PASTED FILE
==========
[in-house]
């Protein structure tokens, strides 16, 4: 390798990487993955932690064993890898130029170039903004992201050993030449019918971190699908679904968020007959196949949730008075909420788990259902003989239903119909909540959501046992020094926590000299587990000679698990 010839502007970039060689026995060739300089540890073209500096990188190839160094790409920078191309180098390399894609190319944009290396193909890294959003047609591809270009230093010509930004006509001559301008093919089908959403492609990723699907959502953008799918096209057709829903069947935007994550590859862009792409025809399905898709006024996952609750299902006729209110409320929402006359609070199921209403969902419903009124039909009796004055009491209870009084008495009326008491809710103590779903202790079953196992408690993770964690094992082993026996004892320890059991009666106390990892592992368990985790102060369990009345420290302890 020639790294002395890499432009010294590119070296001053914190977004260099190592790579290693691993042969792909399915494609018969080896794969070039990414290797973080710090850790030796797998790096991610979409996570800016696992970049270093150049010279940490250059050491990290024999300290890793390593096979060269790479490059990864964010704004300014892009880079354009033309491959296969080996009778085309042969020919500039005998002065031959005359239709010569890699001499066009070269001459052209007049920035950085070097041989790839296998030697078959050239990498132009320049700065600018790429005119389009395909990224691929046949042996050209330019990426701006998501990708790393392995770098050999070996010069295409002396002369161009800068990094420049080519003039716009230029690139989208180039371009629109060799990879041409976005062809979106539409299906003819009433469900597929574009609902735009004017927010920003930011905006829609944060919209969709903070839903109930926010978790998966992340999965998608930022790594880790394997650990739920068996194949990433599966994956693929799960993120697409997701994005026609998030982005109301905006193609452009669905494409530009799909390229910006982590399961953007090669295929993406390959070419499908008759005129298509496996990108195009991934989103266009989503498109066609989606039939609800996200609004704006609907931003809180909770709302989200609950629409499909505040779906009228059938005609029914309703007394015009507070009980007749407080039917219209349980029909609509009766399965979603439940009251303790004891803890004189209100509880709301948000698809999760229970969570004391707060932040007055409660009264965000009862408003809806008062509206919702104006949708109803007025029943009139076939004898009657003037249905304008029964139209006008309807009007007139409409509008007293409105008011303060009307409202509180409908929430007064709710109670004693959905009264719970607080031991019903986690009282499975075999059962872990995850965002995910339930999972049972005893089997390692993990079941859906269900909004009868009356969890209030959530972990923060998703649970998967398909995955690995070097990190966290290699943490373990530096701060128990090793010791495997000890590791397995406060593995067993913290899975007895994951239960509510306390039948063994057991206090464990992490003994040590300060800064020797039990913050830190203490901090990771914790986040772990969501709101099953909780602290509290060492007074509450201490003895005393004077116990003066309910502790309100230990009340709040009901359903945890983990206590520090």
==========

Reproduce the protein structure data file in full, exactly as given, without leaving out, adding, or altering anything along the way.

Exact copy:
[in-house]
């Protein structure tokens, strides 16, 4: 390798990487993955932690064993890898130029170039903004992201050993030449019918971190699908679904968020007959196949949730008075909420788990259902003989239903119909909540959501046992020094926590000299587990000679698990 010839502007970039060689026995060739300089540890073209500096990188190839160094790409920078191309180098390399894609190319944009290396193909890294959003047609591809270009230093010509930004006509001559301008093919089908959403492609990723699907959502953008799918096209057709829903069947935007994550590859862009792409025809399905898709006024996952609750299902006729209110409320929402006359609070199921209403969902419903009124039909009796004055009491209870009084008495009326008491809710103590779903202790079953196992408690993770964690094992082993026996004892320890059991009666106390990892592992368990985790102060369990009345420290302890 020639790294002395890499432009010294590119070296001053914190977004260099190592790579290693691993042969792909399915494609018969080896794969070039990414290797973080710090850790030796797998790096991610979409996570800016696992970049270093150049010279940490250059050491990290024999300290890793390593096979060269790479490059990864964010704004300014892009880079354009033309491959296969080996009778085309042969020919500039005998002065031959005359239709010569890699001499066009070269001459052209007049920035950085070097041989790839296998030697078959050239990498132009320049700065600018790429005119389009395909990224691929046949042996050209330019990426701006998501990708790393392995770098050999070996010069295409002396002369161009800068990094420049080519003039716009230029690139989208180039371009629109060799990879041409976005062809979106539409299906003819009433469900597929574009609902735009004017927010920003930011905006829609944060919209969709903070839903109930926010978790998966992340999965998608930022790594880790394997650990739920068996194949990433599966994956693929799960993120697409997701994005026609998030982005109301905006193609452009669905494409530009799909390229910006982590399961953007090669295929993406390959070419499908008759005129298509496996990108195009991934989103266009989503498109066609989606039939609800996200609004704006609907931003809180909770709302989200609950629409499909505040779906009228059938005609029914309703007394015009507070009980007749407080039917219209349980029909609509009766399965979603439940009251303790004891803890004189209100509880709301948000698809999760229970969570004391707060932040007055409660009264965000009862408003809806008062509206919702104006949708109803007025029943009139076939004898009657003037249905304008029964139209006008309807009007007139409409509008007293409105008011303060009307409202509180409908929430007064709710109670004693959905009264719970607080031991019903986690009282499975075999059962872990995850965002995910339930999972049972005893089997390692993990079941859906269900909004009868009356969890209030959530972990923060998703649970998967398909995955690995070097990190966290290699943490373990530096701060128990090793010791495997000890590791397995406060593995067993913290899975007895994951239960509510306390039948063994057991206090464990992490003994040590300060800064020797039990913050830190203490901090990771914790986040772990969501709101099953909780602290509290060492007074509450201490003895005393004077116990003066309910502790309100230990009340709040009901359903945890983990206590520090």